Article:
The difference between “quals” and “quants”

In an article on U.S. foreign policy and domestic politics, Samantha Power writes:

Since 1968, with the single exception of the election of George W. Bush in 2000, Americans have chosen Republican presidents in times of perceived danger and Democrats in times of relative calm.

So here’s the difference between qualitative and quantitative researchers. Samantha Power knows more about foreign policy and politics than I’ll ever know. But she could whip off the above sentence without pause. Whereas, when I see it, I think:

– Why start in 1968? Is this just a convenient choice of endpoint? Eisenhower ran as a national security expert, no?
– What evidence can you expect to get about public opinion from the essentially tied elections of 1968, 1976, and 2000?
– Anyway, if you’re talking public opinion, it was Gore who won more votes in 2000–so it’s funny to be taking that as an exception at all!
– How are “perceived danger” and “relative calm” defined? Was 1988, when George H. W. Bush floored Michael Dukakis, really such a time of “perceived danger”?

I have no expertise to comment on the rest of Power’s article; I just think it’s funny that she’d throw in a sentence like that. It’s just a throwaway comment she made; I wouldn’t put it in the class of David Runciman’s “but viewed in retrospect, it is clear that it has been quite predictable” or John Yoo writing an entire op-ed on something he appears to know nothing about. It’s just one of these things that rings alarm bells to a “quant” such as myself but just passes right by the qualitative analyst.

P.S. On an unrelated note, that same issue of the New York Review of Books had this great line by Michael Dirda: “Real readers always read for excitement; only the nature of that excitement changes through life.”

10 thoughts on “The difference between “quals” and “quants”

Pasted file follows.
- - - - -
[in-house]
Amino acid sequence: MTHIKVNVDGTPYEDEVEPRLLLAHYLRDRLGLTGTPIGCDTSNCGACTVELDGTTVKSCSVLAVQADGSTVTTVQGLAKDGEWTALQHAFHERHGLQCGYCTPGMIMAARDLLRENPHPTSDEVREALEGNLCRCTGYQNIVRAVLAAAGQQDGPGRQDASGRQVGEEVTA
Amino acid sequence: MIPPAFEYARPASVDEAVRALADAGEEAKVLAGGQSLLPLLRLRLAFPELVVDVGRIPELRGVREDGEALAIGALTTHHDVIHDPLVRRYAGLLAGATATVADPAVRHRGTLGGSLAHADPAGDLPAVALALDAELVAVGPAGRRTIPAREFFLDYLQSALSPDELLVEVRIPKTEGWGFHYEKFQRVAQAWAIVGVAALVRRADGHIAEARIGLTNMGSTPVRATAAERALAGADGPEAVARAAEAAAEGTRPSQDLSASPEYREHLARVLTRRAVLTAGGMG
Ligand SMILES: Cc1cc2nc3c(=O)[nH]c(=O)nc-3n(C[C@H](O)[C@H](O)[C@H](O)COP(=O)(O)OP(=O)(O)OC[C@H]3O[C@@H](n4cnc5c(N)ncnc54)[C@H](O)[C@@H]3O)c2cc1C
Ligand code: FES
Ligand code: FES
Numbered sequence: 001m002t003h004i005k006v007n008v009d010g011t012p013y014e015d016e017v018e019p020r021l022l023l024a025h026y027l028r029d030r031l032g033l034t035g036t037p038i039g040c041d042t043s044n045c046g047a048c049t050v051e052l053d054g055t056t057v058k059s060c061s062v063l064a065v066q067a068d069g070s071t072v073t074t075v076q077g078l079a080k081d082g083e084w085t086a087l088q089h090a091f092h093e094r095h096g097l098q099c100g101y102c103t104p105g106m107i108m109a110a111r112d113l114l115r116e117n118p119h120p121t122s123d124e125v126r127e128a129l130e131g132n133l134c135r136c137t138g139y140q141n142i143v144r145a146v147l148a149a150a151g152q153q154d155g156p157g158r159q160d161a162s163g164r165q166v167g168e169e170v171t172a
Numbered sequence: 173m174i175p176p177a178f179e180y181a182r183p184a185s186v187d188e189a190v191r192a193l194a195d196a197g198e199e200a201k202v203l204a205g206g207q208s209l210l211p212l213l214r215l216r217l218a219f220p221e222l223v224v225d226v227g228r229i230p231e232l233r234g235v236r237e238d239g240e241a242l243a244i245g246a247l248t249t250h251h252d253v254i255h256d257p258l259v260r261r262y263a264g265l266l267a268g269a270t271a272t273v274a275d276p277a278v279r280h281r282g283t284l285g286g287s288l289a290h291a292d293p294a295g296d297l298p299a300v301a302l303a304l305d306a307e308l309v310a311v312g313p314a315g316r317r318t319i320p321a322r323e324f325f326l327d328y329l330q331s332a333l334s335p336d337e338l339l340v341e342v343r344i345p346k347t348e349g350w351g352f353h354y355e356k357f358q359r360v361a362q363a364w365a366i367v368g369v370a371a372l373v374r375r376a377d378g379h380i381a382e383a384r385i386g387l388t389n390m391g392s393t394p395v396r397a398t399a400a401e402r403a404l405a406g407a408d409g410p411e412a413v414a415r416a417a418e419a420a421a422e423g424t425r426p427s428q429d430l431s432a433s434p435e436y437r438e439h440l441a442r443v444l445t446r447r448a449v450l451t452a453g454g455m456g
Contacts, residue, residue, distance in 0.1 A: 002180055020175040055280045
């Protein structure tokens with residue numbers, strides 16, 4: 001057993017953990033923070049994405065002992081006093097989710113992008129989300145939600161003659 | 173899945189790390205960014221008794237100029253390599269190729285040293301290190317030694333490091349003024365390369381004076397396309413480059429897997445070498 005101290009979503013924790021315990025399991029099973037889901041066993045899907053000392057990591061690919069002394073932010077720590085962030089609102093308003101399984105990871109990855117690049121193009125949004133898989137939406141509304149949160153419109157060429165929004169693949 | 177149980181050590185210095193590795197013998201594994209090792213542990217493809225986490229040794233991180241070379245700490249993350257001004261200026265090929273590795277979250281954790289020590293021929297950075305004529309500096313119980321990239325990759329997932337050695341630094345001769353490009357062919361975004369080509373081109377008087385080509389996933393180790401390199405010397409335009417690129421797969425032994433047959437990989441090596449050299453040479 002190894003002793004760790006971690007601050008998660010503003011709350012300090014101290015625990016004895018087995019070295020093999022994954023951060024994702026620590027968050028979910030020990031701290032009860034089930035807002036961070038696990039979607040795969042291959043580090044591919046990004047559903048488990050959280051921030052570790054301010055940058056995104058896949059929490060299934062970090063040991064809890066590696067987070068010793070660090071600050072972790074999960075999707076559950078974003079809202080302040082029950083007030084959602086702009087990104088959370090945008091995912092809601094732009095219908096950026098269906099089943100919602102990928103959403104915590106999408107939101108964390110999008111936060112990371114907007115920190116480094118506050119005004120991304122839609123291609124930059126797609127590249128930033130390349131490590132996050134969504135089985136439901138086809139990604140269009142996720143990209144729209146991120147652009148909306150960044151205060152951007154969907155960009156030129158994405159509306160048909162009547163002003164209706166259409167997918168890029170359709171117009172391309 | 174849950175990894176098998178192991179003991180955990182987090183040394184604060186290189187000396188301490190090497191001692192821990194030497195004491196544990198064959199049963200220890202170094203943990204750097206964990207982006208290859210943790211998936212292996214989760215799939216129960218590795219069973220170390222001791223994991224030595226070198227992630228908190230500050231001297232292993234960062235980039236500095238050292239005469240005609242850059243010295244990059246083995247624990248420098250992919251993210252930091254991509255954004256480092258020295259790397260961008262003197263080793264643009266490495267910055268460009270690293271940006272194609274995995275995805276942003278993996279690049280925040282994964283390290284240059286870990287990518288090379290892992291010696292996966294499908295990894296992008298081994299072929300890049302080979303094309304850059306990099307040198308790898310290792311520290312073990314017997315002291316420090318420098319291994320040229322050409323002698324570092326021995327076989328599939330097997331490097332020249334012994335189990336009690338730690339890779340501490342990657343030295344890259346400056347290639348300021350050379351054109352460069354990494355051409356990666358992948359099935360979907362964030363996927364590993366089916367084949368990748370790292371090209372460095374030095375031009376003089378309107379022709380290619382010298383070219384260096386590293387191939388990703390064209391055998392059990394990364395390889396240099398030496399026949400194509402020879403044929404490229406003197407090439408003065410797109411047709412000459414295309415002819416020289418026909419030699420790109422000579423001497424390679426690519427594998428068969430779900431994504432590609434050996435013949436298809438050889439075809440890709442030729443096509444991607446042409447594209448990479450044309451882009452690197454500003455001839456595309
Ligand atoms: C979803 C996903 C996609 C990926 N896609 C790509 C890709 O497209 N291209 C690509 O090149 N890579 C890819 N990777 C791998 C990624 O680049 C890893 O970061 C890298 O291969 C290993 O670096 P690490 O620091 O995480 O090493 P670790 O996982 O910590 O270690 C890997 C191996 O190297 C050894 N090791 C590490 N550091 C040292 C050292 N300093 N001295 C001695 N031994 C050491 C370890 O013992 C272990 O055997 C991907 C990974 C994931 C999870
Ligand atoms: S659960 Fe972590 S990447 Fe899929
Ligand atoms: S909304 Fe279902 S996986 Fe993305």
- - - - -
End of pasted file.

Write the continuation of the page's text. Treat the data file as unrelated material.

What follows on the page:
1. While your 100% right to call on Sam Power, I see the difference not between "quant" and "qual", but between scholar and journalist/pundit.

    None of the serious "qual" people in political science or sociology would make a statement like this one. Actually, there is a reason almost all work on public opinion is quantitative: Most "Qual" people believe that quant tools are better for PO research.

    Which bascially brings brings this story down to a journalist or pundit making a statistically/inferentially unsound claim: And as you know that a) happens all the time and b) is at least as likely to happen if said journalist tries to use statistics.

  2. I'm not sure whether this is a different between "quant" and "quali" or just about those who care about research design and those who don't.

  3. I am Quant-Qual.

    But funny, as a "quant" you should recognize the danger of generalizing based on an N of 1.

    I think it is more an issue of being analytical, being critical, and not looking to "spin".

  4. Re: the first comment, Sam Power may be playing the role of a journalist/pundit, but a journalist/pundit with a faculty position at Harvard. Therefore this level of scrutiny is very much warranted. Andrew doesn't mention whether this was an article in a scholarly journal or something more for mass-consumption, but I would argue that it doesn't make a difference.

  5. @David:
    oh I'm all for the scrutiny –
    although the quote is from the NY Review of Books
    and Sam Power, while Harvard Faculty, is not a social scientist (her endowed chair is "for the practice of global leadership", whatever that is) I fully agree she is so prominent as to merit plenty of scrutiny.

    I was criticizing Andrew not for his critique of Sam Power, but for using it to draw any (apparent) conclusions from this to the practice of qualitative social science.

  6. correcting the english:

    I agree with Sebastian that those mentioned people don't use any method at all, whether quali or quanti.

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